Churchill’s pirates: the Royal Naval Patrol Service in World War II. By Jon Sutherland and Diane Canwell. Barnsley, South Yorkshire: Pen and Sword Maritime, 2020.
Reviewed by John Johnston
This book, first published in 2010 and now reissued as a paperback, explores an often overlooked aspect of the Second World War at sea, the fleet of small craft – fishing boats, pleasure craft, tugs, and paddle steamers – that laid and cleared mines, escorted convoys, and conducted anti-submarine patrols around the British coasts and in all theatres from Arctic waters to the Indian Ocean.
Officially designated the Royal Naval Patrol Service, the motley fleet was commonly known as ‘Harry Tate’s Navy’ after the famous comedian and, less flatteringly, as ‘Churchill’s pirates’, both nicknames reflecting how uneasily the fishermen, yachtsmen, and ‘weekend sailors’ who formed the patrol service fitted into the hierarchies, structures, and culture of the Royal Navy proper. Being largely composed of men enlisted for ‘hostilities only’ and operating to its own rules and regulations, the patrol service might therefore appear merely one of the ‘private forces’ that operated in the British order of battle during the war and like so many of them, it might easily have passed into oblivion or become a curiosity of circumstances. Sutherland and Canwell deserve much credit for averting that happening and for demonstrating how the small vessels of the RNPS fitted into RN concepts of operations and the critical role they played in executing them.
Drawing on official records, contemporary accounts, and interviews with surviving veterans, Sutherland and Canwell trace the service from the origins of the RNPS from the anti-submarine campaign of the First World War to its establishment as one of the naval reserves and describe the operations and actions it performed during the Second World War and in the first years of peace. They show how the skills and knowledge of trawler men and drifter crews fitted them for the dangerous work of laying and clearing mines, and how the depth of experience and tough authority that the fishing fleet’s skippers had over their crews allowed them to operate with complete autonomy without disturbing the overall objective of an operation. Likewise, they bring out the respect which RN regulars and merchant mariners had for the seamanship and boat handling skills of the yacht masters and motor vessel skippers who escorted the convoys and cleared the sea lanes of enemy obstacles and shipping. Whilst irregular forces ashore may appear incidental to the main action, the little ships of the RPNS were integral to actions afloat.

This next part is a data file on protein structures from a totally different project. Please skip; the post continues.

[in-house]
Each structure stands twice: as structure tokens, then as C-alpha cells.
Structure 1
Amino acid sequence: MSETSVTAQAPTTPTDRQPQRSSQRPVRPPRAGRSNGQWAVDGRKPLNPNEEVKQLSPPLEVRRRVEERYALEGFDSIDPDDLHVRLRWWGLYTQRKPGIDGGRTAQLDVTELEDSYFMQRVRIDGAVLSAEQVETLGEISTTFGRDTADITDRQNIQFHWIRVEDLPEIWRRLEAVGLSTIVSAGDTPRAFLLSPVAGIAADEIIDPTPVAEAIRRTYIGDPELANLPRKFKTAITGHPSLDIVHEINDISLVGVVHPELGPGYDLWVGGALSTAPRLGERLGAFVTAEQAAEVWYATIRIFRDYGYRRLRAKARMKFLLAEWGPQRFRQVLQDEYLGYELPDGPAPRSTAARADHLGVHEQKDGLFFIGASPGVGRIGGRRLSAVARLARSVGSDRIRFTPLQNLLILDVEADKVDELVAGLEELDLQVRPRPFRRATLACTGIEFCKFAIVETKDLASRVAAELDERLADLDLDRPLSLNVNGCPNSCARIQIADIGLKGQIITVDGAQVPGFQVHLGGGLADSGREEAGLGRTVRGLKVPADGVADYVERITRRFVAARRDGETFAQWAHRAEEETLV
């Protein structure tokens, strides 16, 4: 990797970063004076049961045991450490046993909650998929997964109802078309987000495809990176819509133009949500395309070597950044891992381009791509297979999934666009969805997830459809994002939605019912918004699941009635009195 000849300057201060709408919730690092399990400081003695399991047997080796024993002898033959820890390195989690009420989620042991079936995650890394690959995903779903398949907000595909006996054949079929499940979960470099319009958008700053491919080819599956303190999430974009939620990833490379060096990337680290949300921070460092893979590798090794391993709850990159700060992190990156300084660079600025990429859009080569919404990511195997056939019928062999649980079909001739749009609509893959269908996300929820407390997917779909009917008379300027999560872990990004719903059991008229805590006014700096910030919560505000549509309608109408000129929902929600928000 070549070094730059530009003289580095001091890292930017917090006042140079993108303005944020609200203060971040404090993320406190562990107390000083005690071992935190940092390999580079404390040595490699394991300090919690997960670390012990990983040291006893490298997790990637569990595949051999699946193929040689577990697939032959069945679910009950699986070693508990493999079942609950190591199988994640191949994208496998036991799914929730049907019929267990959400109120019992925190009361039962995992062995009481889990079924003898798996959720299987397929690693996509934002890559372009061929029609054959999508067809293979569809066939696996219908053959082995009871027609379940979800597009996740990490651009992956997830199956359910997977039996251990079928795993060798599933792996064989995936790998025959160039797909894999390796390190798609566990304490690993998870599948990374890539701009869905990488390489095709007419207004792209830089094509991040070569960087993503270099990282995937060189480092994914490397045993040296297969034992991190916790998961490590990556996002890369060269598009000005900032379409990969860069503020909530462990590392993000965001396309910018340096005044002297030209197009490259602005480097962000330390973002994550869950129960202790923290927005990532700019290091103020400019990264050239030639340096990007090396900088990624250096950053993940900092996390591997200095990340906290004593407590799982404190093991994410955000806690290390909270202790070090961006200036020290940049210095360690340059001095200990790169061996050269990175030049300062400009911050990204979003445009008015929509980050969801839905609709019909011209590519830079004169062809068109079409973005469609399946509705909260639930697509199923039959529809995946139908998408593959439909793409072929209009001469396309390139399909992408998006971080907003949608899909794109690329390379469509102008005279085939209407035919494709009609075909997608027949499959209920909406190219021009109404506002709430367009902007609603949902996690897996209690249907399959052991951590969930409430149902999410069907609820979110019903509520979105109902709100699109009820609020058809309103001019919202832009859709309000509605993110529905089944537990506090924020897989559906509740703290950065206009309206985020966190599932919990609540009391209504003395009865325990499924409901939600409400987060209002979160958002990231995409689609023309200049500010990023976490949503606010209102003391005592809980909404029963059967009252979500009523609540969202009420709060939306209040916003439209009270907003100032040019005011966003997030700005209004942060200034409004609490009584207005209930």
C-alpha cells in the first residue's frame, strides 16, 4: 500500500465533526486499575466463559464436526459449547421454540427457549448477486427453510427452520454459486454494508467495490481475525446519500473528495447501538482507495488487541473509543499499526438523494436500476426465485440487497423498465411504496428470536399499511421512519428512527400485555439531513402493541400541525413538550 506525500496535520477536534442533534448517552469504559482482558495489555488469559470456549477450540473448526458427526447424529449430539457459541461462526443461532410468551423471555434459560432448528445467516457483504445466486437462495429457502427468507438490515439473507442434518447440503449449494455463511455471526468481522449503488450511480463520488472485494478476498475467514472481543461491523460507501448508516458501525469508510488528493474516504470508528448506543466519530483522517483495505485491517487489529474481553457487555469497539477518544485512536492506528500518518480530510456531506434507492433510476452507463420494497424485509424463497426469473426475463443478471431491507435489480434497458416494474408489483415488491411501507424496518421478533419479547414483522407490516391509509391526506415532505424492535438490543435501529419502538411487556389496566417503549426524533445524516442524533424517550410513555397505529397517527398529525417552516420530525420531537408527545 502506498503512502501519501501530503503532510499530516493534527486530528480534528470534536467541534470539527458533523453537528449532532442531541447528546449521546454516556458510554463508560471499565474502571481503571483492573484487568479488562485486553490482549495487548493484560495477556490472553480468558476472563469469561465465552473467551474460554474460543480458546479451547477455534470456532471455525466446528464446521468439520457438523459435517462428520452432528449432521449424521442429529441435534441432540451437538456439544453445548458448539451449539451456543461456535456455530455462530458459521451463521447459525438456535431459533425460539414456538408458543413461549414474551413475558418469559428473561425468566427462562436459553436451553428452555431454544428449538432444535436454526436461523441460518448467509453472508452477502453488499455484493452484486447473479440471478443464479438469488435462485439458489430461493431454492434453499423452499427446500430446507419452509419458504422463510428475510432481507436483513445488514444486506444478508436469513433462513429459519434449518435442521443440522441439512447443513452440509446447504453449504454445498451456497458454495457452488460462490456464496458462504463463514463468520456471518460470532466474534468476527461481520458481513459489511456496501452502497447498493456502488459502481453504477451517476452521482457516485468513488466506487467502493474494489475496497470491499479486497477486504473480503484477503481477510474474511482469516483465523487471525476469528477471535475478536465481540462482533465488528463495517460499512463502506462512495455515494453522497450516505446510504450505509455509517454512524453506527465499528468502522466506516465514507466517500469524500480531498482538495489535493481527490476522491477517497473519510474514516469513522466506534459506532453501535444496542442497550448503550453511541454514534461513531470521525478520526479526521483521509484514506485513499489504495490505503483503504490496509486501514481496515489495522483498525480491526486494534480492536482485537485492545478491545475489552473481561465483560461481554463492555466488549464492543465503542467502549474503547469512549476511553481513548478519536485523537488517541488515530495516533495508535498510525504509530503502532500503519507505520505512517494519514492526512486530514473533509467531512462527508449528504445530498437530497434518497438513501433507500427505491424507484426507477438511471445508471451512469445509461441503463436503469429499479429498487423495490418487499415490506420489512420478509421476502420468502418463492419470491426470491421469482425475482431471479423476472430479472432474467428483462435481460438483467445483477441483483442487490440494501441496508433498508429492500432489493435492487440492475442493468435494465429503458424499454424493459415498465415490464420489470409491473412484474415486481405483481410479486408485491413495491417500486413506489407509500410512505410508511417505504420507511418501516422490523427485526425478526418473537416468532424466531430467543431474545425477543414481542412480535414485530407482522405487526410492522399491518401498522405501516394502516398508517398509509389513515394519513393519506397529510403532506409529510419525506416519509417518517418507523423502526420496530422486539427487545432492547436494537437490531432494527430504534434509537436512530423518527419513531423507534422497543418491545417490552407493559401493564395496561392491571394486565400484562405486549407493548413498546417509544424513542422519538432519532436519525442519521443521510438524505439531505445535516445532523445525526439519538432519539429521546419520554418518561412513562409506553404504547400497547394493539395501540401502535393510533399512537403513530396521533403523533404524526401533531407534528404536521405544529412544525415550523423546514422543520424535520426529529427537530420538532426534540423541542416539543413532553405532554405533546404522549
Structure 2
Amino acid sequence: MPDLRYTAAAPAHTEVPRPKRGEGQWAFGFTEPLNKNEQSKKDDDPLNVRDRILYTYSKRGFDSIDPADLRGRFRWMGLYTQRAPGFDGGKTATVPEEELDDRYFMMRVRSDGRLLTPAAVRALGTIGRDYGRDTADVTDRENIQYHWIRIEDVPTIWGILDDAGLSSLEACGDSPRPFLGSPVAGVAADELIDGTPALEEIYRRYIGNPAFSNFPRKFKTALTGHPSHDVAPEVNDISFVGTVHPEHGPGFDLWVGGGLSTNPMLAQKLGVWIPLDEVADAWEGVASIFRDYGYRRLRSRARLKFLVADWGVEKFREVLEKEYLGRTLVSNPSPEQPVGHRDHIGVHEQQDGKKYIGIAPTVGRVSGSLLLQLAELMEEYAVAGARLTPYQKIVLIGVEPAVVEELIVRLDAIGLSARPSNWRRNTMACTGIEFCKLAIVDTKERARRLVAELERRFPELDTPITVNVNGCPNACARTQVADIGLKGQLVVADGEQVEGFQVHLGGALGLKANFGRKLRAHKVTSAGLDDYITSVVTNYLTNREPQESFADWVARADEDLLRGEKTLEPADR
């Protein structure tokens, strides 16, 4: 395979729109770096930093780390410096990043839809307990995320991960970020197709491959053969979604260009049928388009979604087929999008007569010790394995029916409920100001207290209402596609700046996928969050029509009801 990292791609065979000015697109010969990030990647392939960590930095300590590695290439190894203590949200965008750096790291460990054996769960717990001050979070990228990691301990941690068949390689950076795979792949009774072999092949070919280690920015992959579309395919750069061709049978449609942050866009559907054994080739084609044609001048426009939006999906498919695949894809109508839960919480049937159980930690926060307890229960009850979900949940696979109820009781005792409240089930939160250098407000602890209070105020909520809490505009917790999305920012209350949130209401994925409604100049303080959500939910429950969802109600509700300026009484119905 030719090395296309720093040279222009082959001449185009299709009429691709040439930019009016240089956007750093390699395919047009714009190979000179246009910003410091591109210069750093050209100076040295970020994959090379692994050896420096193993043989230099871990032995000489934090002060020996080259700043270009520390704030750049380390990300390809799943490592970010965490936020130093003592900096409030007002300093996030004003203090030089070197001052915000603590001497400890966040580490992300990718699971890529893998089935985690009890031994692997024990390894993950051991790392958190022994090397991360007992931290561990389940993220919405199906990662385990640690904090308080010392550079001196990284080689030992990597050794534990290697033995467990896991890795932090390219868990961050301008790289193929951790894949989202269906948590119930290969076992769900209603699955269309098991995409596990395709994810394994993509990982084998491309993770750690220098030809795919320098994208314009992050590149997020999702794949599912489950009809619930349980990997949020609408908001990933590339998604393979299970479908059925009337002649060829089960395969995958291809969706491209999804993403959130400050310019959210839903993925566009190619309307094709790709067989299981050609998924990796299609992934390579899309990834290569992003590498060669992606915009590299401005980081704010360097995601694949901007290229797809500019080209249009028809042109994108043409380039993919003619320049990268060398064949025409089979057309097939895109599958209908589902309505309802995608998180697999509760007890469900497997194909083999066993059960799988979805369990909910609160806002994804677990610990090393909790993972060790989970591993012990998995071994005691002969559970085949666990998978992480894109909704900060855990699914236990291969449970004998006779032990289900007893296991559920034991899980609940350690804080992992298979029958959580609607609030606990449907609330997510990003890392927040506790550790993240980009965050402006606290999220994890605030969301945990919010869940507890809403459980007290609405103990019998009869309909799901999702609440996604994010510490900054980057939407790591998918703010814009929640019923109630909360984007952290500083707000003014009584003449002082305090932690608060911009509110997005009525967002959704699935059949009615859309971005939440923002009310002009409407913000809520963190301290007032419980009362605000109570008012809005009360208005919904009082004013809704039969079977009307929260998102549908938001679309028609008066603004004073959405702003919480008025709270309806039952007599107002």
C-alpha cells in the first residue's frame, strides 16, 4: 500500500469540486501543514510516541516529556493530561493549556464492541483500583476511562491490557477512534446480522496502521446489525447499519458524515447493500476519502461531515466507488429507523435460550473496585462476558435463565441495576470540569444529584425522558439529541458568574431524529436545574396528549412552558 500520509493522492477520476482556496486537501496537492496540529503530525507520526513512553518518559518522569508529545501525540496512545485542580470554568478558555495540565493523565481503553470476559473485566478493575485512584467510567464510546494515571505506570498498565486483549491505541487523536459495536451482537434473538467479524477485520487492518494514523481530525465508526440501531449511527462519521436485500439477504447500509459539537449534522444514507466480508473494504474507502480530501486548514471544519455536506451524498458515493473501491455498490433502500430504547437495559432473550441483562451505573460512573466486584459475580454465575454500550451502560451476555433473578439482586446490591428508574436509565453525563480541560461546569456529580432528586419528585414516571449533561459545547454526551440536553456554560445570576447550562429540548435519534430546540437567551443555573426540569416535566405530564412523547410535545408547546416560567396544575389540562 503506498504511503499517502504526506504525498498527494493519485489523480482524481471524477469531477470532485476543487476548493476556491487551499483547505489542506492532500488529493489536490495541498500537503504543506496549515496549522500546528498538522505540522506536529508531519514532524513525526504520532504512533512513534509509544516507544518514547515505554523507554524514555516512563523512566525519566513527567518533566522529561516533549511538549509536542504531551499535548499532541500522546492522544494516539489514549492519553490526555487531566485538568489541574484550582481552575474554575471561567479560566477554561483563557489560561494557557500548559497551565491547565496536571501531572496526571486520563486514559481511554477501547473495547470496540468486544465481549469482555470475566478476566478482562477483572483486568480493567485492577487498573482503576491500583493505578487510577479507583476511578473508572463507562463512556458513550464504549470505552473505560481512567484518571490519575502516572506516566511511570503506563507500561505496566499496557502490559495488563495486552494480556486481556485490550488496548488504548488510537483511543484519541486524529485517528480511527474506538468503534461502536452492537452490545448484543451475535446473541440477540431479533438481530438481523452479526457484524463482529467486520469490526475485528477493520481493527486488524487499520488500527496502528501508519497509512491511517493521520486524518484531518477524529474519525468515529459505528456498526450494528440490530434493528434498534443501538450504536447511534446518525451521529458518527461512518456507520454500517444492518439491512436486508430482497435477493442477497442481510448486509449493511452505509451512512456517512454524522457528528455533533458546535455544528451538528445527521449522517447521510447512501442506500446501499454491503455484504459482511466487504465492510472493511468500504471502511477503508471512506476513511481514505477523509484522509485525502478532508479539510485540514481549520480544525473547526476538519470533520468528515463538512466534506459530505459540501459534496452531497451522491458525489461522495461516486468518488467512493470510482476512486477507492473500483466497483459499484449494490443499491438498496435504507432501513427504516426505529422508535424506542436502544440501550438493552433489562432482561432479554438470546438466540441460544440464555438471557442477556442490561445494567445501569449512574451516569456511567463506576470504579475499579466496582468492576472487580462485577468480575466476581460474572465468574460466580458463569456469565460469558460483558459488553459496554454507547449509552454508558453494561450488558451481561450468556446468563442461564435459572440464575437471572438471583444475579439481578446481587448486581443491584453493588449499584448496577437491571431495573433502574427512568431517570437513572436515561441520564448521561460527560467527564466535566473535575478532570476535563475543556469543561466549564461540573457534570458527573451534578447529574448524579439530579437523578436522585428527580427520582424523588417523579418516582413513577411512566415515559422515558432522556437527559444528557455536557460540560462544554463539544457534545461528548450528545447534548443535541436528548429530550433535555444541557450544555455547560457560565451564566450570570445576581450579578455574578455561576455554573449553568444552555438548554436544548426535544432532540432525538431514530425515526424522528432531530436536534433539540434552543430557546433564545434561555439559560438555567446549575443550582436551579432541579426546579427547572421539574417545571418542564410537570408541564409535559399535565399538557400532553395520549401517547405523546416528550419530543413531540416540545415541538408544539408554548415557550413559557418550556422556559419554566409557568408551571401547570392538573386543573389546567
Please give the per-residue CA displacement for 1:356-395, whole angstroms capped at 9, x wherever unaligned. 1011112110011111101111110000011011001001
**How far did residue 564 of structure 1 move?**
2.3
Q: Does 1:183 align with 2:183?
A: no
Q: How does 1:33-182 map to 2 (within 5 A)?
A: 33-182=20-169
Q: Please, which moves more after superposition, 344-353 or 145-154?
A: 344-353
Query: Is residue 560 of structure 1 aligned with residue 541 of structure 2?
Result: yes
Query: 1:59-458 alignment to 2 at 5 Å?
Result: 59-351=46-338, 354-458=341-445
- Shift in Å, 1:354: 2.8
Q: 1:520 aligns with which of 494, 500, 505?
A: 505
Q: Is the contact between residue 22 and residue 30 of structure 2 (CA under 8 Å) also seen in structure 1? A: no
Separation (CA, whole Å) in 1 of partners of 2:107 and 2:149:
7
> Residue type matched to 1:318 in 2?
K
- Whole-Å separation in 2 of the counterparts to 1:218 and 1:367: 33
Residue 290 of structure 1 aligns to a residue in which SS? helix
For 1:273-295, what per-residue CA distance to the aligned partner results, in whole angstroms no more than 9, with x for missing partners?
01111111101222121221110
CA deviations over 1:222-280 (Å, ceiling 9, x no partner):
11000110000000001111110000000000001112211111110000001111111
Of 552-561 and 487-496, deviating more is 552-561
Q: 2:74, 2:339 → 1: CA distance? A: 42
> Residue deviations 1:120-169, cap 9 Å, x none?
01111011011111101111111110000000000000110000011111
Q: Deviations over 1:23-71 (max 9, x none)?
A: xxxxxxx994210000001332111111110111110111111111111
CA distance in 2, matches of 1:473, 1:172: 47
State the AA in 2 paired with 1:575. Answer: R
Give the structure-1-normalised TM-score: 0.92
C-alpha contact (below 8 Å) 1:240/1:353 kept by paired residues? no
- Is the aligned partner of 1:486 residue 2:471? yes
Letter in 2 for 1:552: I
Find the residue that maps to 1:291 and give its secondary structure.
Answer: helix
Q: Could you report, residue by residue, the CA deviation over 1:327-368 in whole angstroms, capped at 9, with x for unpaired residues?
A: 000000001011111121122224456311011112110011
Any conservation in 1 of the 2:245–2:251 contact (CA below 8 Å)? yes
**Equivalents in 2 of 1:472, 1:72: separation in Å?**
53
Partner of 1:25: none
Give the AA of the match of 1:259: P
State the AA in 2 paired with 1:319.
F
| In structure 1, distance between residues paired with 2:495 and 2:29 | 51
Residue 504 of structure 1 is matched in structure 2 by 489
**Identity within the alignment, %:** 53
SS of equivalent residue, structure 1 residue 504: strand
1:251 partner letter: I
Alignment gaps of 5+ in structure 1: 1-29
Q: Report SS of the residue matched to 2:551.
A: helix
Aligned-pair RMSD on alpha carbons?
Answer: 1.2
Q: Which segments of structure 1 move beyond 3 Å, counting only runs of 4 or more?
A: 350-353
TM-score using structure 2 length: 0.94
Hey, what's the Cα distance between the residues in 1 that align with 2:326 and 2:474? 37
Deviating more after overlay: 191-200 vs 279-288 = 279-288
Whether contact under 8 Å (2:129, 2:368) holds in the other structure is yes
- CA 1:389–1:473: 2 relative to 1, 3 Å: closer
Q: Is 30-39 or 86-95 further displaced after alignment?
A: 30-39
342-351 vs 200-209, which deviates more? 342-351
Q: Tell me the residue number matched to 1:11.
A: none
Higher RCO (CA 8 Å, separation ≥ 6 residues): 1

Nevertheless, with only a single Oerlikon anti-aircraft gun, trawlers and the like were vulnerable to aerial, surface, and sub-surface attack, but the harsh realities of life among the fisherfolk made skippers and their crews indifferent to such dangers. Lieutenant Richard Standard, for instance, won the Victoria Cross at Narvik for repeatedly bringing his trawler, HMS Arab, into action against heavy enemy fire, but his report of the battle treats the pounding that his ship was taking as little different to that it would have suffered in an Atlantic gale. Other – less dramatic – examples of leadership and courage pepper the book and emphasise the unique character of the patrol service and its men in the face of the enemy and the high seas. Such bravery comes at a heavy cost and with over 500 vessels sunk – often with all hands – the patrol service lost more vessels than the rest of the Royal Navy during hostilities and continued to suffer casualties in postwar mine clearance operations.
Sutherland and Canwell give due prominence to the bravery and fortitude shown by the officers and men of the RNPS. The latter part of the book contains an index of vessels lost and the medal roll of honour that will gratify genealogists and researchers of family history, while students of military technology will find the operations of wooden hulled motor yachts and the armed trawlers have lessons for those of minesweepers and offshore patrol vessels today. The general reader, however, will be engrossed by this fascinating and compelling story of a strange and little known part of the war at sea.